The Role Motivation And Engagement Play on the Organizational Behavior in Business
A person's motivation can come in the form of a need, a desire, or a goal. In some situations, the stronger the motivation to do something, the more likely a person will do it. There is a psychological connection between action and motivation, with researchers and psychologists developing dozens of theories over the years.1 Years of studying motivation has generated quite a bit of knowledge and material that has proven to be quite valuable for society.
Motivation and business are two things that seem to go together quite smoothly, and this extends to organizational behavior as well. This article will look at the role that motivation specifically plays in the business work through organizational behavior and what businesses can do with it. This will include looking at engagement, identifying the types and sources of motivation, and how to give a healthy boost to employee motivation.
How Motivation Works in Organizational Behavior
In order to motivate you staff members, you first have to identify what motivators are already in play. It's not as simple as presenting them with a random reward and telling them what they have to do to get it. There is the possibility that the employees may be motivated by something their employer can't provide, or that they are not going to communicate outright what drives their performance. An employee's motivation may not be something that anyone can have control over in the first place.
In most cases, motivation falls into one of two categories: extrinsic or intrinsic. Extrinsic motivation is also referred to as external motivation and can include things like money, praise, and reputation.5 These are the standard known rewards that can be provided from others, i.e. a person cannot create them on their own. Intrinsic or internal motivation and rewards are the opposite, focusing on more on doing something for the sake of doing it than to get something from someone else.6 The rewards from intrinsic motivation can only be experienced by the individual and can manifest psychologically more than physically. An example would be emotions like satisfaction and pride; basically feeling better because you did something.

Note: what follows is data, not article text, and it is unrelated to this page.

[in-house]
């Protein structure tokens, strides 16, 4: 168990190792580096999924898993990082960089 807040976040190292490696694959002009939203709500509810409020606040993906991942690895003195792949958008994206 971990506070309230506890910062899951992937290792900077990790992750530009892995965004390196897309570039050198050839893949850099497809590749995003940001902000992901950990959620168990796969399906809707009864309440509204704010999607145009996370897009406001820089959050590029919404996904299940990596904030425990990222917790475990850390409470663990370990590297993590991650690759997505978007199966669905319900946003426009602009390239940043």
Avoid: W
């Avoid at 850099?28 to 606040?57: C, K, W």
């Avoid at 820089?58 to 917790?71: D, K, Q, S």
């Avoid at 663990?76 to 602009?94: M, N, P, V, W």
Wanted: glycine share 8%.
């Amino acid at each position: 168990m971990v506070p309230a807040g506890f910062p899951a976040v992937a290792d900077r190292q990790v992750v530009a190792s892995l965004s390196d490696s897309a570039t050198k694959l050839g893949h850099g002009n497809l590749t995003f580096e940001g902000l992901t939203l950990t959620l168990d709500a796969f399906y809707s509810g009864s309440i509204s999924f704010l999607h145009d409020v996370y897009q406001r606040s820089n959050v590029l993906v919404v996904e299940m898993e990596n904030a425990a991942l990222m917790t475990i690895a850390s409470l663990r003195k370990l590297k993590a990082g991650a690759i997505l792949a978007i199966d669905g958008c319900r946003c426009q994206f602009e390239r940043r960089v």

Businesses are going to have more of a focus on extrinsic motivators than intrinsic ones, simply because they can offer more control over the situation and intrinsic motivators cannot be easily measured. The employees themselves may have intrinsic motivators that drive their work that operates in tandem with extrinsic motivators that their employer provides for them. Once a business and its staff have determine the type of motivation, they can actually begin to identify their motivators. To do so, three questions need to be answered:
For these questions, a person often has to look at why behind each of their answers in order to make a decision. That reasoning is, typically, the person's motivation for that particular task. In this sense, the motivation shapes all the other parts of a person's behavior in what they are trying to accomplish. If the motivation isn't strong enough, or doesn't match up with the other components of the situation, then that will be reflected in the person's work. This can be applied to tasks and goals set by individual employees, groups, or the business as a whole.